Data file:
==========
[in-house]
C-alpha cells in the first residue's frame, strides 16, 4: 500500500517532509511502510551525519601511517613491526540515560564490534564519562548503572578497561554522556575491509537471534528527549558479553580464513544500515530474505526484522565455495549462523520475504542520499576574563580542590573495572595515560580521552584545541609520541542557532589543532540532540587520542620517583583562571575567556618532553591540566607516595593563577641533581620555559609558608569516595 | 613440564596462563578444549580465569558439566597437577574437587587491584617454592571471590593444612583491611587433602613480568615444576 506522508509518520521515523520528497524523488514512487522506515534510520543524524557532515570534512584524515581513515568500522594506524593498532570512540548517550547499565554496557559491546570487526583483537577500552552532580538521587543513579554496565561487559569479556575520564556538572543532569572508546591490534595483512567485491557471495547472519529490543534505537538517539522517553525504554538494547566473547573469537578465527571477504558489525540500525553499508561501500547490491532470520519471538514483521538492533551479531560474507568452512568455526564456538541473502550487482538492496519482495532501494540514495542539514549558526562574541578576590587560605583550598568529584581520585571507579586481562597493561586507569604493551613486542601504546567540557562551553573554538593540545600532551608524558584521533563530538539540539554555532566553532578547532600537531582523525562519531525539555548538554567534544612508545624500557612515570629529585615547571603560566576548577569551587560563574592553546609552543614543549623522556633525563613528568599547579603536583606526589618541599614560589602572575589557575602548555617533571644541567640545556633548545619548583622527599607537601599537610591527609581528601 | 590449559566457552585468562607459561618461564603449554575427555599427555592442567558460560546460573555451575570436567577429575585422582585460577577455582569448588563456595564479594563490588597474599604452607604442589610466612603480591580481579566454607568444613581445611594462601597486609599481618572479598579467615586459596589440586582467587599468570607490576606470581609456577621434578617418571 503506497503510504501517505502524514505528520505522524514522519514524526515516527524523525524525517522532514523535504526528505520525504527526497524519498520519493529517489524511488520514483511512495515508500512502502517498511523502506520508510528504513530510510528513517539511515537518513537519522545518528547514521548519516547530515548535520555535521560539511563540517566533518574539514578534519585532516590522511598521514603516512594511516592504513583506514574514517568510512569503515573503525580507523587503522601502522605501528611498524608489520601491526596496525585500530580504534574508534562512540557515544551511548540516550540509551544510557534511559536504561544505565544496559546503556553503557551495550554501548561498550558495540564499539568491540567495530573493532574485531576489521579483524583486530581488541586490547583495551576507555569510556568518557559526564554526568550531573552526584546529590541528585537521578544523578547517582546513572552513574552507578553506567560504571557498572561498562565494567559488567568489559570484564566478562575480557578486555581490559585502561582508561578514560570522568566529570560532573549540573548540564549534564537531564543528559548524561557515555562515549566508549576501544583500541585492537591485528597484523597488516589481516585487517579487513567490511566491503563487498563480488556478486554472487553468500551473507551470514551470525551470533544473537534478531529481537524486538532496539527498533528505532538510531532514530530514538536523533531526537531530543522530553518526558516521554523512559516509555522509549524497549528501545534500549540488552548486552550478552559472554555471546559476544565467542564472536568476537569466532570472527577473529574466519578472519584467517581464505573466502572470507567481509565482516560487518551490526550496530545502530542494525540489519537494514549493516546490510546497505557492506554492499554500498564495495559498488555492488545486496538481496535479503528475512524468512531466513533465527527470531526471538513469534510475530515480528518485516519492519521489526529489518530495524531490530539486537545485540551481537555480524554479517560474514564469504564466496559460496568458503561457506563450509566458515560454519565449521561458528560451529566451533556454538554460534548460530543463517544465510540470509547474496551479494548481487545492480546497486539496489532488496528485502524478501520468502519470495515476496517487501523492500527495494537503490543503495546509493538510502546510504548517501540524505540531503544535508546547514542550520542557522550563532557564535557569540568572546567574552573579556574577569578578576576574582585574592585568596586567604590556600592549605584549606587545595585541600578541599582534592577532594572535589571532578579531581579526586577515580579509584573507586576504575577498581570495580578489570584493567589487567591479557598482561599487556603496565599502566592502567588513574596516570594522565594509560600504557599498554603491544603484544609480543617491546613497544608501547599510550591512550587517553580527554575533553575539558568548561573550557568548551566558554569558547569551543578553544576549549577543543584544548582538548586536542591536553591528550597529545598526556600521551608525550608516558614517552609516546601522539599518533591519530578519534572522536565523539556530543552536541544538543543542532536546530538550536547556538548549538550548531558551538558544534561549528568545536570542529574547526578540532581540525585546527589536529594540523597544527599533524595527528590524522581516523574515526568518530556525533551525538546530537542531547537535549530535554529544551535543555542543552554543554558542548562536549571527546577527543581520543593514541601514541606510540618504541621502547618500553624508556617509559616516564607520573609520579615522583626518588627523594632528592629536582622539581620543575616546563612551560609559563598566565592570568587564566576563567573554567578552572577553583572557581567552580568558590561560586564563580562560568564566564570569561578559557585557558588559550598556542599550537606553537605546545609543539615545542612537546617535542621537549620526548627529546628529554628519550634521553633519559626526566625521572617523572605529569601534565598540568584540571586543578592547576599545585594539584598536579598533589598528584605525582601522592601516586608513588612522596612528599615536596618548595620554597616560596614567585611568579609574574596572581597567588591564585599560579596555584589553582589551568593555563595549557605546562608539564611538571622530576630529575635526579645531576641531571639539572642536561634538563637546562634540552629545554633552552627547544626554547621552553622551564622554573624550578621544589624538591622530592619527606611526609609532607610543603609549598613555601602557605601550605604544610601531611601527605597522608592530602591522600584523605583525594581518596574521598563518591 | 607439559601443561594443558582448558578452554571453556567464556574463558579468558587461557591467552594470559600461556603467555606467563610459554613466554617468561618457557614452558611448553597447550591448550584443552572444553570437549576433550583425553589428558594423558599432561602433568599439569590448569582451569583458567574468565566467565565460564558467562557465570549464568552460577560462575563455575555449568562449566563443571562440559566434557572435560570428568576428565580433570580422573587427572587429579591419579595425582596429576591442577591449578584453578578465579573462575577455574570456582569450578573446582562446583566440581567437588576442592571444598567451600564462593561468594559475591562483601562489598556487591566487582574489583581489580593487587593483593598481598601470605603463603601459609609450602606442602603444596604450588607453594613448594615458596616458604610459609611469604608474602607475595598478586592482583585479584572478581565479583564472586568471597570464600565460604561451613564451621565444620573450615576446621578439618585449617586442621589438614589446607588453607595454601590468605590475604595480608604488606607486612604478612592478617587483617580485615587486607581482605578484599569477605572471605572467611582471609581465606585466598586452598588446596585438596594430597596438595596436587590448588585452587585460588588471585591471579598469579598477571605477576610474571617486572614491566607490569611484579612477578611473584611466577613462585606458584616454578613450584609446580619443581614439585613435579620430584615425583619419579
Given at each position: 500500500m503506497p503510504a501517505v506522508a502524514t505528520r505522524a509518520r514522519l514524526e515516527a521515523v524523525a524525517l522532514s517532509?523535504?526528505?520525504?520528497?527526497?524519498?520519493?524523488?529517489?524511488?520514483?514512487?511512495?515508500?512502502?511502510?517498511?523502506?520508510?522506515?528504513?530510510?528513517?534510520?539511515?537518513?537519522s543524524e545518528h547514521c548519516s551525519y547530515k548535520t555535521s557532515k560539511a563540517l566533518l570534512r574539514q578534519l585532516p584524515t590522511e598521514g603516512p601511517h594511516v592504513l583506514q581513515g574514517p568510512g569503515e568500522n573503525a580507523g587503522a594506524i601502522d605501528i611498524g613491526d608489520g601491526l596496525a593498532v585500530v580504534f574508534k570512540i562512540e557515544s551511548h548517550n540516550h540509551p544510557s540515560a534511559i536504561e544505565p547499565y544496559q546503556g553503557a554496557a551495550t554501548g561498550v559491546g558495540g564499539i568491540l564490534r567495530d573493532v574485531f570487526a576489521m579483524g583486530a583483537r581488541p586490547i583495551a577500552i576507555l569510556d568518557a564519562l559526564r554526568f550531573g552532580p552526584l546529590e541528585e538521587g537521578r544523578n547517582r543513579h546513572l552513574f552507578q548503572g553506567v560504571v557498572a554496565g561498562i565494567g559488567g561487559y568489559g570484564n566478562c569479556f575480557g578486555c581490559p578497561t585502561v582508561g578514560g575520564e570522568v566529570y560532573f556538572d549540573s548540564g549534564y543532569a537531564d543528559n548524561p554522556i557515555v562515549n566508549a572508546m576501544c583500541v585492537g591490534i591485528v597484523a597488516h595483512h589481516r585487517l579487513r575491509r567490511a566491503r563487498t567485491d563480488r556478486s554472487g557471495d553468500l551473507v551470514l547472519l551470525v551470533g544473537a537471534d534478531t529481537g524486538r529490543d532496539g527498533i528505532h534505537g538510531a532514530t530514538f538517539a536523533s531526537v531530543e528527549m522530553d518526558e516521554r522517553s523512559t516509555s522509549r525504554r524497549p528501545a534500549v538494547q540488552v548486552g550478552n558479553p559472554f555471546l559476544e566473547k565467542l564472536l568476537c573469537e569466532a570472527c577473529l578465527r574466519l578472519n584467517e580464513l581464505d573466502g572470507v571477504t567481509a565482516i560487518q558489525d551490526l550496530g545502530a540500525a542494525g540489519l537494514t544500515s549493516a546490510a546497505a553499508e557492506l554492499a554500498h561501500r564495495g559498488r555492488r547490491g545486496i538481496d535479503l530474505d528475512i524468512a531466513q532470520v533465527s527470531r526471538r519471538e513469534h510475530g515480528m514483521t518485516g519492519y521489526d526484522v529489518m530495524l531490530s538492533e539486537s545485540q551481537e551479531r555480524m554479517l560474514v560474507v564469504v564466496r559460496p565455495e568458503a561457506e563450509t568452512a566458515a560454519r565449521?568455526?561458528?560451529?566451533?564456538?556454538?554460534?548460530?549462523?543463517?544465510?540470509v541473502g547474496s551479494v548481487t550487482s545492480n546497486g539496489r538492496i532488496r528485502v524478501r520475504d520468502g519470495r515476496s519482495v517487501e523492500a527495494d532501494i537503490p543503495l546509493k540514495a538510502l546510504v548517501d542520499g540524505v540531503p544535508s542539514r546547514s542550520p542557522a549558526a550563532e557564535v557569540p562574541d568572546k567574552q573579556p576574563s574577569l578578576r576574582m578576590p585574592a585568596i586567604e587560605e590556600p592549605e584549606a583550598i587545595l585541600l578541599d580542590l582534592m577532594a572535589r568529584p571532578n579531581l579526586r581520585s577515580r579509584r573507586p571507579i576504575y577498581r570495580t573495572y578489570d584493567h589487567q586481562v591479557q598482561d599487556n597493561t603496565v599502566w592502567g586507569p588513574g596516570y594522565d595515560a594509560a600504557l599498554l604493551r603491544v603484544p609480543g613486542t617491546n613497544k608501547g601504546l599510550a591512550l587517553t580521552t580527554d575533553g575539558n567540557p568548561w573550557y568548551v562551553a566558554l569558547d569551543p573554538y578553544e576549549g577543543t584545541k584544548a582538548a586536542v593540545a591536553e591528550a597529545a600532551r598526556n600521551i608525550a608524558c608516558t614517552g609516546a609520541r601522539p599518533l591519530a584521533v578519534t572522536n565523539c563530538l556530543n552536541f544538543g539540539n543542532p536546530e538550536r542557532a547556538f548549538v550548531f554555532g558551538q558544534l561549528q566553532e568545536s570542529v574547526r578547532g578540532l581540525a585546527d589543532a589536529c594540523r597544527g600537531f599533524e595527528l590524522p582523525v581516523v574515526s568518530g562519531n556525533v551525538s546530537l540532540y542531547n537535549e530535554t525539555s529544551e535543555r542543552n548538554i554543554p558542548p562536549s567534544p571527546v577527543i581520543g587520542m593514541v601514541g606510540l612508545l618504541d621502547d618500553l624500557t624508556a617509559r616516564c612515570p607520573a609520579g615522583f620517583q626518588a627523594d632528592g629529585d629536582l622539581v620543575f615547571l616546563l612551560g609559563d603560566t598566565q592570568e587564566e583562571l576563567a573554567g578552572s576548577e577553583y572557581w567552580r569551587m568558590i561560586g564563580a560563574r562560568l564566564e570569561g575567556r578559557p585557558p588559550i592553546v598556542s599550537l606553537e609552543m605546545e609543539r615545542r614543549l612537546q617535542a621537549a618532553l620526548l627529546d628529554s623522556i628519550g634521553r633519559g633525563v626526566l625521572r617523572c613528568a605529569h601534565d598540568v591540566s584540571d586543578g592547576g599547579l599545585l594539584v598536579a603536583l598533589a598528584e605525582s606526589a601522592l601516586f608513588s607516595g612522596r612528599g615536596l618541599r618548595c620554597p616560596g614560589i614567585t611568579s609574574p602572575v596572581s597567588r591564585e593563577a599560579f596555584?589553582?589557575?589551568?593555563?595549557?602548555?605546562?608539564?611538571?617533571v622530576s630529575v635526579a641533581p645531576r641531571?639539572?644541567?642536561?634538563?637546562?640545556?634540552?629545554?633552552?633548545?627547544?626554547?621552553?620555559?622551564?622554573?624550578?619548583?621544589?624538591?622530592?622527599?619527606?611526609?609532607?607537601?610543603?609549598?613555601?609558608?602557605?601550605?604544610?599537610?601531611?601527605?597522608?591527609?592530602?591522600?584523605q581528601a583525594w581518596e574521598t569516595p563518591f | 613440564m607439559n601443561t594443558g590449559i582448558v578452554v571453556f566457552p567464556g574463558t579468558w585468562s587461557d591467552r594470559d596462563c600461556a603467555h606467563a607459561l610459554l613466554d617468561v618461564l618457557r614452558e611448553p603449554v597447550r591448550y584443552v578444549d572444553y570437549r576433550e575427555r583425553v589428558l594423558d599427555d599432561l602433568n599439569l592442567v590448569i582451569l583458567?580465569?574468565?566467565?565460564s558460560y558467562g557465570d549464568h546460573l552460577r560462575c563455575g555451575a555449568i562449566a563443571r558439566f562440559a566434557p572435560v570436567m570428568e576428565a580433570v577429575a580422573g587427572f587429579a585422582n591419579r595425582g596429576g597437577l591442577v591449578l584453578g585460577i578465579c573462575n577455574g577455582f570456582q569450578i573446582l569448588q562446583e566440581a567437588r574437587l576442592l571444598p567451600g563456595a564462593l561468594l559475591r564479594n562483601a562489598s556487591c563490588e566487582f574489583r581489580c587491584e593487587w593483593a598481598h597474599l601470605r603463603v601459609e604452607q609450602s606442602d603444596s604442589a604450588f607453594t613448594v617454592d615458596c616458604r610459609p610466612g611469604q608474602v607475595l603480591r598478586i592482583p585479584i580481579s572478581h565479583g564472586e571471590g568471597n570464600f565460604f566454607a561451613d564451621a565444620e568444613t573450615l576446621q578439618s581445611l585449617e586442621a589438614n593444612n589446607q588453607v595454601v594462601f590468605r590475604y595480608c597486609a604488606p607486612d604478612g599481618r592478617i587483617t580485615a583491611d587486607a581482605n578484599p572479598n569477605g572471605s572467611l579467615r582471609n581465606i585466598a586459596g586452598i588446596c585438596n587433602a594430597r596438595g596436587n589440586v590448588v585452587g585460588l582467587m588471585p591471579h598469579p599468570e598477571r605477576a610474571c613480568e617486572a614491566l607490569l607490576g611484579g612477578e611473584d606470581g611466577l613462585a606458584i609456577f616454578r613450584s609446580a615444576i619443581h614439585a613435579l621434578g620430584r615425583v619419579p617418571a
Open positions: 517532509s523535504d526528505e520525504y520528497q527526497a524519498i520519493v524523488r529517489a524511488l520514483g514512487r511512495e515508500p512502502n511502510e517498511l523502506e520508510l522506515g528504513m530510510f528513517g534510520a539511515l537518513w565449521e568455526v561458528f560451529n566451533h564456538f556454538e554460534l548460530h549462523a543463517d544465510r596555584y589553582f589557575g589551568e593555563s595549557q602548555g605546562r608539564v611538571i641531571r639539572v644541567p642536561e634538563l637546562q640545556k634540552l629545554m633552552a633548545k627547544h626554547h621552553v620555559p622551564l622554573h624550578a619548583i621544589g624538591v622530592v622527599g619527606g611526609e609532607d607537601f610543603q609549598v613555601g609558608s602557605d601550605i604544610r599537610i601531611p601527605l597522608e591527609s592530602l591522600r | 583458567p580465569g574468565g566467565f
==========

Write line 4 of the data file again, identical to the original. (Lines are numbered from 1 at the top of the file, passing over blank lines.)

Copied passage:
Open positions: 517532509s523535504d526528505e520525504y520528497q527526497a524519498i520519493v524523488r529517489a524511488l520514483g514512487r511512495e515508500p512502502n511502510e517498511l523502506e520508510l522506515g528504513m530510510f528513517g534510520a539511515l537518513w565449521e568455526v561458528f560451529n566451533h564456538f556454538e554460534l548460530h549462523a543463517d544465510r596555584y589553582f589557575g589551568e593555563s595549557q602548555g605546562r608539564v611538571i641531571r639539572v644541567p642536561e634538563l637546562q640545556k634540552l629545554m633552552a633548545k627547544h626554547h621552553v620555559p622551564l622554573h624550578a619548583i621544589g624538591v622530592v622527599g619527606g611526609e609532607d607537601f610543603q609549598v613555601g609558608s602557605d601550605i604544610r599537610i601531611p601527605l597522608e591527609s592530602l591522600r | 583458567p580465569g574468565g566467565f